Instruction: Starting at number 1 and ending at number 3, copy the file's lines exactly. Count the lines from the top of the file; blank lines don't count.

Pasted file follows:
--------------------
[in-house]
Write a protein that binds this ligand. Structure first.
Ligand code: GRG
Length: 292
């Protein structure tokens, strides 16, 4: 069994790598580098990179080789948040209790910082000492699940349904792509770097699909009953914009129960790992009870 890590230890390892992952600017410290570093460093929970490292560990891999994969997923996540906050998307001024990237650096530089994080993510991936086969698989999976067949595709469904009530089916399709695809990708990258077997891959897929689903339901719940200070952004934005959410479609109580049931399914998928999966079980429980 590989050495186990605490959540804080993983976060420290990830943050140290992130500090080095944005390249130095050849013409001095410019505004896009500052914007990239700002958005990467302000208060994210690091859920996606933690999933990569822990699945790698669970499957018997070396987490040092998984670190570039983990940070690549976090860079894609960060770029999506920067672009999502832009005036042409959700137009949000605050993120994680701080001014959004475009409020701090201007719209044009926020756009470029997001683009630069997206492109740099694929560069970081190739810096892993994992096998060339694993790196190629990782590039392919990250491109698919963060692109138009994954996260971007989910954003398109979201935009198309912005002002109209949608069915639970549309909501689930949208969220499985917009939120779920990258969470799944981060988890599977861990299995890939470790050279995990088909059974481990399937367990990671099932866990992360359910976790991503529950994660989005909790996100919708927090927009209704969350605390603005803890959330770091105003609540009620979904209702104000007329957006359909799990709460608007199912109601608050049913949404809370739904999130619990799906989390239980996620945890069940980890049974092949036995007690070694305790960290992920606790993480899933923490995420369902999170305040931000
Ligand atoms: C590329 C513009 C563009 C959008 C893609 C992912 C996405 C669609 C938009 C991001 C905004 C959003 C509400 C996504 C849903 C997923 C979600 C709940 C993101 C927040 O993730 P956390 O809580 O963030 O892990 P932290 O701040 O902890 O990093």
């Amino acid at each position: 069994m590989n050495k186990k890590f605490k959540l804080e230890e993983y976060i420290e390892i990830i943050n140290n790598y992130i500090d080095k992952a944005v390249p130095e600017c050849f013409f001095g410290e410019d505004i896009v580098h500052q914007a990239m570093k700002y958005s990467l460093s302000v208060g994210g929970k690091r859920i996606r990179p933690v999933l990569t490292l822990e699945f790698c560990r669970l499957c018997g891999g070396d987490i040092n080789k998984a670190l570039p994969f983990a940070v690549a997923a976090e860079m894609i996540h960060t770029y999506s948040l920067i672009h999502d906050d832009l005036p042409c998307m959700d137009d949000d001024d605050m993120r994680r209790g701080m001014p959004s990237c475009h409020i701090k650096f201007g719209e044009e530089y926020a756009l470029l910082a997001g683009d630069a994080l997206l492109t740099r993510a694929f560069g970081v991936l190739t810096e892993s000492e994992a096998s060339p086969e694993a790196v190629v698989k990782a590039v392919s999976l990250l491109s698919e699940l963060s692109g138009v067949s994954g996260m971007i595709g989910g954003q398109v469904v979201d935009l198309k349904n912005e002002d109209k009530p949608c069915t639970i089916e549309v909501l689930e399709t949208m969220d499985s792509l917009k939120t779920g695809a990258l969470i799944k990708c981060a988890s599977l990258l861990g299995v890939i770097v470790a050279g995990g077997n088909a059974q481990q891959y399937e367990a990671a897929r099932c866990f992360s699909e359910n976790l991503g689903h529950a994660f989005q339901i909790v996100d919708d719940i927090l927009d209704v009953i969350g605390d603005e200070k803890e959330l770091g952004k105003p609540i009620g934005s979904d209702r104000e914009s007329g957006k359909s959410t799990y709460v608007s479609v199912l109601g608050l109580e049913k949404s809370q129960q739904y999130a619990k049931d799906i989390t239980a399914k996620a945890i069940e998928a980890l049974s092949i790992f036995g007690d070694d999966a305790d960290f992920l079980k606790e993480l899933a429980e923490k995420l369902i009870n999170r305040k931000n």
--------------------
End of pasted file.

[in-house]
Write a protein that binds this ligand. Structure first.
Ligand code: GRG